Exactly who are you meant to believe? There doesn’t seem to be an answer to this. Inevitably we will not all have the time, resources or ability to do first hand science based research on every little fact we might want to check. So in the end we have to take someone else’s word for it. But when you are approaching everybody as a skeptic it makes this process much more difficult.
Cynicism Breeds Inaction
If you know that you shouldn’t be making any decisions or following through with any action without being sure that you are acting on the correct side of a problem it makes it very difficult to start. There is a point at which this simply becomes impractical. In the end what you end up doing is not acting on anything until you have a complete understanding, or at least until you think you have a complete understanding. Often times a bit of knowledge will only show that you know even less than you thought about a specific subject. And having a bit of knowledge can also send you off in the completely wrong direction. This is particularly true if that knowledge sounds like it must be right because of the fact it is different to what the generally accented ideas are, often these things are simply contrarian statements that might well only exist because they are blatantly wrong.
Most of the Time it Doesn’t Matter
In all reality most of the things that we end up being skeptical about are going to have very little impact on ours lives regardless of what we believe and how that relates to the truth, should such a thing even exist. If we strongly believe in aliens are we going to live a considerably different life to that which we’d live if be strongly believed aliens don’t exist? Now there are obviously many other areas and matters which aren’t as inconsequential at a personal level, but next time you are really worried about something, or accidentally find yourself in an argument over these sort of things, take a step back and ask does this really matter? Does this affect my life any differently regardless of the answer actually is here? My guess is that most of the time the answer is no. Most of the world’s problems, issues, or bad science don’t change your, or most other people’s, daily life. So set back take a breath and just get on with the things that do matter, and that aren’t as confusing or conflicting.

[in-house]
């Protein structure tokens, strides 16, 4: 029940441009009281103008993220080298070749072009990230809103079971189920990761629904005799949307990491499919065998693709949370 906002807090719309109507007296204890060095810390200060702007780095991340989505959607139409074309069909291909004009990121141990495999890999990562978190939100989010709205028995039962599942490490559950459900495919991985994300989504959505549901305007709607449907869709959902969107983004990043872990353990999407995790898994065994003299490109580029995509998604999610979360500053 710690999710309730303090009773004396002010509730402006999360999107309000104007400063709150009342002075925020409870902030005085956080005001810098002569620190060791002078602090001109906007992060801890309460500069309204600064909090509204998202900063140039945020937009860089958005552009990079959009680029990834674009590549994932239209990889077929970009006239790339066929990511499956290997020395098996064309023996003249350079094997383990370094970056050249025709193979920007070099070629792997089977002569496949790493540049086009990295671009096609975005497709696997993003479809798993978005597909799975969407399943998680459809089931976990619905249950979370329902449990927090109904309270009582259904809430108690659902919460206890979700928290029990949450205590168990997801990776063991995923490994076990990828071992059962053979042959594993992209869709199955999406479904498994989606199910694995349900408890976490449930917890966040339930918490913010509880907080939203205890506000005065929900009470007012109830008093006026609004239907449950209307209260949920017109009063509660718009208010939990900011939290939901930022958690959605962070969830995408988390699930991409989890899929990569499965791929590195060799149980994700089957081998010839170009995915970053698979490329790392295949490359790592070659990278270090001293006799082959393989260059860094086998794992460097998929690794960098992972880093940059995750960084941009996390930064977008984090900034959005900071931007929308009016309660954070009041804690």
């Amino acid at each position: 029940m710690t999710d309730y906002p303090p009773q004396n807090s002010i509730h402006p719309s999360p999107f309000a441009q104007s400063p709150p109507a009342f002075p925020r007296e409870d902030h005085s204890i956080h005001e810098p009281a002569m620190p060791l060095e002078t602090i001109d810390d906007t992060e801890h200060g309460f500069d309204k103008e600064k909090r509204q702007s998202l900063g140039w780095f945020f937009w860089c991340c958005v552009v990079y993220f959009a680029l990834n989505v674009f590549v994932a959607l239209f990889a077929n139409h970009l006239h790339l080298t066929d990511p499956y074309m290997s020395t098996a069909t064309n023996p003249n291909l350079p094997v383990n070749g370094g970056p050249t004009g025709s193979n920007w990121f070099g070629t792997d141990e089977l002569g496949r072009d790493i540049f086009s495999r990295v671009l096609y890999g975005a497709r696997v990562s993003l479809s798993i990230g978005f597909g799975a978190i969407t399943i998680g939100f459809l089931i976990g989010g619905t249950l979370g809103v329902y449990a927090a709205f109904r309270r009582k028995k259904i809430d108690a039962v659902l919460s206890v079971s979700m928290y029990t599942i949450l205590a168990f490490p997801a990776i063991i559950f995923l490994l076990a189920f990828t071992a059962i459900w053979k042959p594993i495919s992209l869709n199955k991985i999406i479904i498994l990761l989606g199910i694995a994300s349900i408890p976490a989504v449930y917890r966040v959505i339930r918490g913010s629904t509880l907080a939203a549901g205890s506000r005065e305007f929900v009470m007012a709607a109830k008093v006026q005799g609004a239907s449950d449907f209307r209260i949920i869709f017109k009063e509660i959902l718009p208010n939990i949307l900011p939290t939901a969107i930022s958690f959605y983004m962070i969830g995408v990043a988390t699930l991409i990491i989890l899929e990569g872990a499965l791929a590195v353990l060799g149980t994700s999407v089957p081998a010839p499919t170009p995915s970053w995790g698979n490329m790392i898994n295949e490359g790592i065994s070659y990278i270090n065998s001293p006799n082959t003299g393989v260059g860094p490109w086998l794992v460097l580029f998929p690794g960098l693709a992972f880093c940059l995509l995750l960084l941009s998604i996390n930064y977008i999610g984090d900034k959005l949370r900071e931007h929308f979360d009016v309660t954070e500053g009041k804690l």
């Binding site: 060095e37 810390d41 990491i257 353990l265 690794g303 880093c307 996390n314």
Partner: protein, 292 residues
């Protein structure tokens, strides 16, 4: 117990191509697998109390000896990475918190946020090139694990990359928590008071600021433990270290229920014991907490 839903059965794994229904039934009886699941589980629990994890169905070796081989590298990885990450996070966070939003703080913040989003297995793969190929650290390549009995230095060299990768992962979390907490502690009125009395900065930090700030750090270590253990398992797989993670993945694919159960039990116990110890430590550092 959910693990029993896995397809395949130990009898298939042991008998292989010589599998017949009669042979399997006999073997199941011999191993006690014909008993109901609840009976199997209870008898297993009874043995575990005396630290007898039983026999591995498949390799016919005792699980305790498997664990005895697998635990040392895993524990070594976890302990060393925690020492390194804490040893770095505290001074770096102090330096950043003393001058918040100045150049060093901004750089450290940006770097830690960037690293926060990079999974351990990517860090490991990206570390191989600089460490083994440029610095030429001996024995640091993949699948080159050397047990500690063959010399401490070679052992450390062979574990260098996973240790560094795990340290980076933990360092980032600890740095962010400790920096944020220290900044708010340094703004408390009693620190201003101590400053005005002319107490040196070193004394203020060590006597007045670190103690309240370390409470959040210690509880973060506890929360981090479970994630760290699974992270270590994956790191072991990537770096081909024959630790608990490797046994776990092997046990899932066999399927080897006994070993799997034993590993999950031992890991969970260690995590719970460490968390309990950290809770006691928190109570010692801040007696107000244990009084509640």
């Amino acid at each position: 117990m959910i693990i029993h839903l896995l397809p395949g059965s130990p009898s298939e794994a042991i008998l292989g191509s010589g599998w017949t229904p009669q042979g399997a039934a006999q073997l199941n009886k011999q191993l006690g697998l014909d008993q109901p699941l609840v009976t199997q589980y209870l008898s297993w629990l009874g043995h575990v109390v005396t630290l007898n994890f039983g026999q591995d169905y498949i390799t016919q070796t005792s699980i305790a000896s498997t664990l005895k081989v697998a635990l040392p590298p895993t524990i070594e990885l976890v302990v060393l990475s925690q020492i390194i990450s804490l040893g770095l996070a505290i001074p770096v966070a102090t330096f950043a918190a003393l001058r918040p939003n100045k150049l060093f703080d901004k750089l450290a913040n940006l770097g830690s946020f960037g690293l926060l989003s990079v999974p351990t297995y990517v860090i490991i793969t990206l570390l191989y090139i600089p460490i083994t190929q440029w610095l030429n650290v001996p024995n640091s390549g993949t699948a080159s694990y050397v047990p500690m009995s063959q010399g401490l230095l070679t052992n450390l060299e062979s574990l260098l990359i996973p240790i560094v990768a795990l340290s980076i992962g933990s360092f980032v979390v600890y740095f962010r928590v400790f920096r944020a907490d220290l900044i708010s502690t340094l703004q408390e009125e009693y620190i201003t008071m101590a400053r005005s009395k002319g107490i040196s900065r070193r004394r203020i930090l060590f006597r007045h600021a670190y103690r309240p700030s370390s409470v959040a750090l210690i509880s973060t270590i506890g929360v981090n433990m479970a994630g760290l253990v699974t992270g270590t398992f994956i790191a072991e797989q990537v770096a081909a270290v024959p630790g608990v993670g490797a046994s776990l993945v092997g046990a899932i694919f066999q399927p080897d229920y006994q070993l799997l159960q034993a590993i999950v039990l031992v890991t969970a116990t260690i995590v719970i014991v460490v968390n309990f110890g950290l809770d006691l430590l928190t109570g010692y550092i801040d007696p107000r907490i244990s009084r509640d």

Don’t be evangelical about anything
Whether it is religion, politics, science or anything else, remember that people have their own opinions. You might consider that science based reasoning shouldn’t be seen as an opinion, and yes in an ideal world it wouldn’t be, but that doesn’t stop most people from treating it, at least to some degree, as an opinion that they hold, and that is beyond challenge in their mind.
It is not your place to tell other people what they should or shouldn’t believe about anything, because guess what, you aren’t going to change what they believe regardless of how convincing you think your arguments are. Accept your own opinions, be open to questioning them, and you should also accept other people’s point of view
Sometimes you just need to believe, sometimes you need to distrust. It is striking that balance which is so hard.